African dynasties: a common phenomenon

African dynasties: a common phenomenon

Grace Mugabe with her husband and Zimbabwe’s former president, Robert Mugabe Photo: Graeme Williams

By Marcel Gascón Barberá

Political dynasties have not been an uncommon phenomenon in post-colonial Africa. In Togo and Gabon, two families have been ruling for decades. Hereditary transmission of power is also a reality in the DRC, where Joseph Kabila succeeded his father after the latter’s assassination, and where power of a sort has been transferred from Étienne Tshisekedi, a former leader of the opposition, to his son Félix, now president. Two of the five presidents of Botswana’s history hail from the Khama family, and the current Kenyan president is the son of the country’s first post-colonial leader.

Many African leaders have been tempted to establish a dynasty at the highest political level. The successful attempts, it might be argued, have been founded, at least in part, on the strong personalities of those involved. In other cases, such attempts have been less successful – and paradoxically, for the same reason.

In November 2018, Kenyan daily The Standard ran the following headline, reflecting an unusually candid statement made by the opposition leader, Raila Odinga: “We are not princes”. His use of the first-person plural included Odinga’s rival, President Uhuru Kenyatta. In the article, Odinga vehemently denied that either he or Kenyatta owed their careers to their fathers: “Nobody has elected Uhuru because he is the son of Kenyatta,” he told the newspaper. “Nobody votes for Raila Odinga because he is the son of Oginga Odinga”.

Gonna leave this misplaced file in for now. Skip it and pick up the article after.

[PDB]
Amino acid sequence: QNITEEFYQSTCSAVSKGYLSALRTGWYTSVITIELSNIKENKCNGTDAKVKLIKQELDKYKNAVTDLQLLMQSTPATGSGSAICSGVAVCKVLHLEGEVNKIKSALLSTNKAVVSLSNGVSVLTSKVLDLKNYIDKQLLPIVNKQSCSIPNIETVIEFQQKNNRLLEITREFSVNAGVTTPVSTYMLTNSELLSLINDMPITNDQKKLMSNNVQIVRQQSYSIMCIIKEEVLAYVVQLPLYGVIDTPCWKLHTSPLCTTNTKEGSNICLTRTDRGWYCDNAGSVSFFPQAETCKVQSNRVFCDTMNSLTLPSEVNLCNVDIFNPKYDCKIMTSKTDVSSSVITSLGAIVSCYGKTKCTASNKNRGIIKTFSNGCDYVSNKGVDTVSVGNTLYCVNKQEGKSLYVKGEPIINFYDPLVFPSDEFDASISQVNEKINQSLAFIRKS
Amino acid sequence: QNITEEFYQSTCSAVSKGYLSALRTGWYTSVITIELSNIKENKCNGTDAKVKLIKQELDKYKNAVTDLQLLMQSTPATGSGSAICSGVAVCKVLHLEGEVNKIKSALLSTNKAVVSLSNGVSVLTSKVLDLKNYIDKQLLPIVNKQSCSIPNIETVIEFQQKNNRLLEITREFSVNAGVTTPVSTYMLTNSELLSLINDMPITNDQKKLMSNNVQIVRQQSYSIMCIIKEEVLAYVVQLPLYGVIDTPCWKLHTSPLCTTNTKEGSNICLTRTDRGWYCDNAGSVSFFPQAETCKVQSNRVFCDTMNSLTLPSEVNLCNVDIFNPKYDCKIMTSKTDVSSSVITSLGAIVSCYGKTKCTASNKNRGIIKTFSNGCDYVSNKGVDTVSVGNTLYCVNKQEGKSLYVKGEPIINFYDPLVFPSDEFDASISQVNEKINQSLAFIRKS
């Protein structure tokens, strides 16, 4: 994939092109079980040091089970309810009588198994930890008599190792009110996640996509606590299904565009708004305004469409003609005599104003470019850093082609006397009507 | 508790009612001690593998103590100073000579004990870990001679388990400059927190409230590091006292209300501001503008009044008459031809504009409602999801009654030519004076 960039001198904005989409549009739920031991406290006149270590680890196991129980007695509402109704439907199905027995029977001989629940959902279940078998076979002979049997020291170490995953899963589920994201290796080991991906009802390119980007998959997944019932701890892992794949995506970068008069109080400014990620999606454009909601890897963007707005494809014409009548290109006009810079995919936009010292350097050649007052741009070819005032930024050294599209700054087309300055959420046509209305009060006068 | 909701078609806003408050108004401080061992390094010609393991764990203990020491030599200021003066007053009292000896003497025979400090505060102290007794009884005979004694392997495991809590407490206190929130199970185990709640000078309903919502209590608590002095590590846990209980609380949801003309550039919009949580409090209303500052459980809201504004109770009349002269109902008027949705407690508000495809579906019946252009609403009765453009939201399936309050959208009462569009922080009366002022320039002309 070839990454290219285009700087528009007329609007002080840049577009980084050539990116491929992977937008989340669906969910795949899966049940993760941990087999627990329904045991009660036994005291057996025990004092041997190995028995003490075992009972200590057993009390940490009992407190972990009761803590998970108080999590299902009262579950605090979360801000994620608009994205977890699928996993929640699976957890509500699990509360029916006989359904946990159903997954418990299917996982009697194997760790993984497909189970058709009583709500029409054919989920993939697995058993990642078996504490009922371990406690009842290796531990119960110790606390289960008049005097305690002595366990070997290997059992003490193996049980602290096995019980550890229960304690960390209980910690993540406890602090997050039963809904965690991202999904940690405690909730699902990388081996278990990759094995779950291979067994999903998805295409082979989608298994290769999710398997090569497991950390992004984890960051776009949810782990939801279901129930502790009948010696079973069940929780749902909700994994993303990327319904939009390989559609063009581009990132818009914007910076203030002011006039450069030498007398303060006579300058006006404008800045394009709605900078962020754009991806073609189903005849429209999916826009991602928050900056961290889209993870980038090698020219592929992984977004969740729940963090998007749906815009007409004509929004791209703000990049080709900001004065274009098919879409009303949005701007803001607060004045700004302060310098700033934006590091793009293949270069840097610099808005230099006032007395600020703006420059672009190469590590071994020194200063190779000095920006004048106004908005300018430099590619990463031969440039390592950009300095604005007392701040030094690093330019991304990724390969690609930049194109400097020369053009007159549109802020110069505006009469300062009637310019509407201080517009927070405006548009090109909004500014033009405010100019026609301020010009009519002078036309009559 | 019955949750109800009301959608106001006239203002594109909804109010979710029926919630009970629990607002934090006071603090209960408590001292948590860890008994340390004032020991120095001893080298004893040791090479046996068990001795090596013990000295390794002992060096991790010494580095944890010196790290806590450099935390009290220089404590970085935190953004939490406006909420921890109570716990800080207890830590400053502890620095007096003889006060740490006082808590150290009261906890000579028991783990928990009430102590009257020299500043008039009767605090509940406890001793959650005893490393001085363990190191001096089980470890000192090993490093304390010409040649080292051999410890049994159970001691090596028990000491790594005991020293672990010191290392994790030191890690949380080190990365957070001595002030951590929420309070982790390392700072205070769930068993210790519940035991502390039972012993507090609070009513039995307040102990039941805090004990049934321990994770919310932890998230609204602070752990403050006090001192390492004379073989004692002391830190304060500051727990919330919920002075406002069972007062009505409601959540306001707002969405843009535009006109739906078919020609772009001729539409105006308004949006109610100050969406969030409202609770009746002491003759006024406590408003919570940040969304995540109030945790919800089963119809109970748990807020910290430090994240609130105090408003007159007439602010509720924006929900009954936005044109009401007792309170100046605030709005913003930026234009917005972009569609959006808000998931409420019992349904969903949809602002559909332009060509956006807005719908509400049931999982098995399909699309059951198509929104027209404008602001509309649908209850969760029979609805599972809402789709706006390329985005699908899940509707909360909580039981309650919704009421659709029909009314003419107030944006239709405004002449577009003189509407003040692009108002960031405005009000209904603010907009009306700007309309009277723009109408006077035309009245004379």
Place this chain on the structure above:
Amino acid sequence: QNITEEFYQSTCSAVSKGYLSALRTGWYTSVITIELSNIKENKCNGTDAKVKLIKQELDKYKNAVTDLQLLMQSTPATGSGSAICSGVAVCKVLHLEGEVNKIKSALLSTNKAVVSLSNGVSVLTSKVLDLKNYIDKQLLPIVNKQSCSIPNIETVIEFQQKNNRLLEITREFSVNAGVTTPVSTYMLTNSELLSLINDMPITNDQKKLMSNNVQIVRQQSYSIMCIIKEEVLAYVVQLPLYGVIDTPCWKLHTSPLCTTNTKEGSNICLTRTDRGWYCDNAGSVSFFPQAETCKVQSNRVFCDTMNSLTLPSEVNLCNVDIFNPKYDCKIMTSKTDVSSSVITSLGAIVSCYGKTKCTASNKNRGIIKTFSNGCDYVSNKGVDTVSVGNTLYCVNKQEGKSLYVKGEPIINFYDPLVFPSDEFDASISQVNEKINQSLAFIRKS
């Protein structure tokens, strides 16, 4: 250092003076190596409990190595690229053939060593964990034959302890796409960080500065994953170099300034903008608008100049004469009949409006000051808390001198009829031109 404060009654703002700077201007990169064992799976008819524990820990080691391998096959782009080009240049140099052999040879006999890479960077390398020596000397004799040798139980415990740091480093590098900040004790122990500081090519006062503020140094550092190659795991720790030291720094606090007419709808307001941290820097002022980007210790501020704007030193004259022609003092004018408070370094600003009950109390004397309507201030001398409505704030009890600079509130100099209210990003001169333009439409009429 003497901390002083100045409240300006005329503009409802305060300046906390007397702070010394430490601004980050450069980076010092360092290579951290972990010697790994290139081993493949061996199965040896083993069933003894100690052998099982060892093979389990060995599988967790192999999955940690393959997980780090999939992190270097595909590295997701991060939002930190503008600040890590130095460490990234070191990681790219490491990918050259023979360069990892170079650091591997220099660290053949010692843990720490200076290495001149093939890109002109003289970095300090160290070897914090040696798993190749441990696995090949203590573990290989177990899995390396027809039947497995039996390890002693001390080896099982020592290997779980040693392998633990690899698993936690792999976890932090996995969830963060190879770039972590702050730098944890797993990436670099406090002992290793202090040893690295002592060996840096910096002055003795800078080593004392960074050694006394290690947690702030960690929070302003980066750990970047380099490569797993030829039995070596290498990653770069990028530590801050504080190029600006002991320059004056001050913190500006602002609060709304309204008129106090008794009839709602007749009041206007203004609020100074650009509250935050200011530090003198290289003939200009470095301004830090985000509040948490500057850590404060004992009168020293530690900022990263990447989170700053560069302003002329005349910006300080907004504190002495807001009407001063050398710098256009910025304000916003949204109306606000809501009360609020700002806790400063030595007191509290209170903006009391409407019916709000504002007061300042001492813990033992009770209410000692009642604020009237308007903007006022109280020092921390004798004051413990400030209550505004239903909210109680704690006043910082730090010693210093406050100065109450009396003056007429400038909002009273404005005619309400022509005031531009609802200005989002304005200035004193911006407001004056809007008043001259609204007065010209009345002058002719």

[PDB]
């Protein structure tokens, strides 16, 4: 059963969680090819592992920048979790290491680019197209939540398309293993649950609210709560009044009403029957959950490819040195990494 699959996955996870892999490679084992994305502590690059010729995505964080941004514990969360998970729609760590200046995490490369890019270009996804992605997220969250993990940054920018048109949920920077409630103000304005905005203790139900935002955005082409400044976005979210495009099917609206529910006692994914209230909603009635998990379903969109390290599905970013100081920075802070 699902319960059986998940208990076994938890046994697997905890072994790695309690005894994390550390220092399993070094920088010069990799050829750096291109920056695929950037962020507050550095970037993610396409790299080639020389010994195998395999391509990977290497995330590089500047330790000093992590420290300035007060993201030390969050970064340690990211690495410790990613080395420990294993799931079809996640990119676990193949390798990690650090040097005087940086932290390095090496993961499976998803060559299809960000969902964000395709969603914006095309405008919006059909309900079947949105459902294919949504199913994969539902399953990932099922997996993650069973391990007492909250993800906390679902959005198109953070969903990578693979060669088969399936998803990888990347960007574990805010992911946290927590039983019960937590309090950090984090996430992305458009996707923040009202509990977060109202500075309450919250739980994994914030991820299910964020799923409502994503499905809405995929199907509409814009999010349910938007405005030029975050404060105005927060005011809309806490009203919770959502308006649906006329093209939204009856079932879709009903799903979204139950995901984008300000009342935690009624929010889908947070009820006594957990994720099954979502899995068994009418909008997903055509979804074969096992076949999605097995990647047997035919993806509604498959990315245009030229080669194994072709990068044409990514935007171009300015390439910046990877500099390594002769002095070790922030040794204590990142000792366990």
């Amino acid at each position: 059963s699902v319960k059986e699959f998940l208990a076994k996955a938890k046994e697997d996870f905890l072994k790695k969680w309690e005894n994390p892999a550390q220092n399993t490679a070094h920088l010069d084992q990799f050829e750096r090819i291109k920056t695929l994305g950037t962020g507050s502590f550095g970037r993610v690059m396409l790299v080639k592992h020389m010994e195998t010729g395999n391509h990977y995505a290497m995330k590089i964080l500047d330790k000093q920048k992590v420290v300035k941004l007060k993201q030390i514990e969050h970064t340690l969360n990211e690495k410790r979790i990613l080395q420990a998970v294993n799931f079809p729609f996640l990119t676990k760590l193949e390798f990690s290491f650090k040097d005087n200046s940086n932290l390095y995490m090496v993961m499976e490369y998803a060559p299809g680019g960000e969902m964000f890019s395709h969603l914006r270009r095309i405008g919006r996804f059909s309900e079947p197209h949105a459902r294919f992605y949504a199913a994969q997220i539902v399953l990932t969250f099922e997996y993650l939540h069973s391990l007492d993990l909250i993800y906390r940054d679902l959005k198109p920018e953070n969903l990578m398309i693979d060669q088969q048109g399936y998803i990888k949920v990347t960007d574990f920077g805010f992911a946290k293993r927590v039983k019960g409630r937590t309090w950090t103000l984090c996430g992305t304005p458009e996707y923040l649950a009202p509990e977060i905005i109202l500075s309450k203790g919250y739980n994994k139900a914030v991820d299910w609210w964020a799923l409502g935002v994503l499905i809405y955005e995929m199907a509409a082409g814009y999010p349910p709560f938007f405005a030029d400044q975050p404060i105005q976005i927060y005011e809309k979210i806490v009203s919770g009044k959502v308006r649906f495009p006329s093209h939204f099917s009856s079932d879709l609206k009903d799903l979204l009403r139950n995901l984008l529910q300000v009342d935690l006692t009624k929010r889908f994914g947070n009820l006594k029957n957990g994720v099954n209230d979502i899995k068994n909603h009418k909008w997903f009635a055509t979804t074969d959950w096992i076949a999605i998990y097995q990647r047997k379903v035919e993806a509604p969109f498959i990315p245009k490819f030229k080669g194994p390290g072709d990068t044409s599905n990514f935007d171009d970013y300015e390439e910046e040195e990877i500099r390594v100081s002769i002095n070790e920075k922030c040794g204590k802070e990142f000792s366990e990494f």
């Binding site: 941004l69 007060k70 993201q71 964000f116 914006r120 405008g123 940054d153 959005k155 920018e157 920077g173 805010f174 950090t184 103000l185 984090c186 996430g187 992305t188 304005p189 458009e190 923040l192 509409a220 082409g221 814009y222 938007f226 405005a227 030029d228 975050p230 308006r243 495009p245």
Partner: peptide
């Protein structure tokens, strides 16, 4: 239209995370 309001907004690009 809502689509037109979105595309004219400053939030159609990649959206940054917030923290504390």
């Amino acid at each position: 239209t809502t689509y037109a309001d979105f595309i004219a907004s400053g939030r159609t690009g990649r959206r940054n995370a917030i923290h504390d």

In this way, the opposition leader absolved himself and his opponent of the odious charge of having been born with a silver spoon in their mouths. To bolster this claim, he called himself a “hustler” politician, and cleared the current president of the same accusation by reminding readers of the humble origins of Kenyatta senior. Odinga acted as Kenyatta’s deputy president until a fall-out between them prompted Odinga to start his own opposition party. Uhuru Kenyatta, meanwhile, is the son of the first independent Kenyan leader, freedom fighter Jomo Kenyatta, who worked as a house man, cook, carpenter and clerk during his youth. Many observers would argue that, in fact, Uhuru and Raila have spent most of their political lives reproducing the ongoing quarrel between their fathers.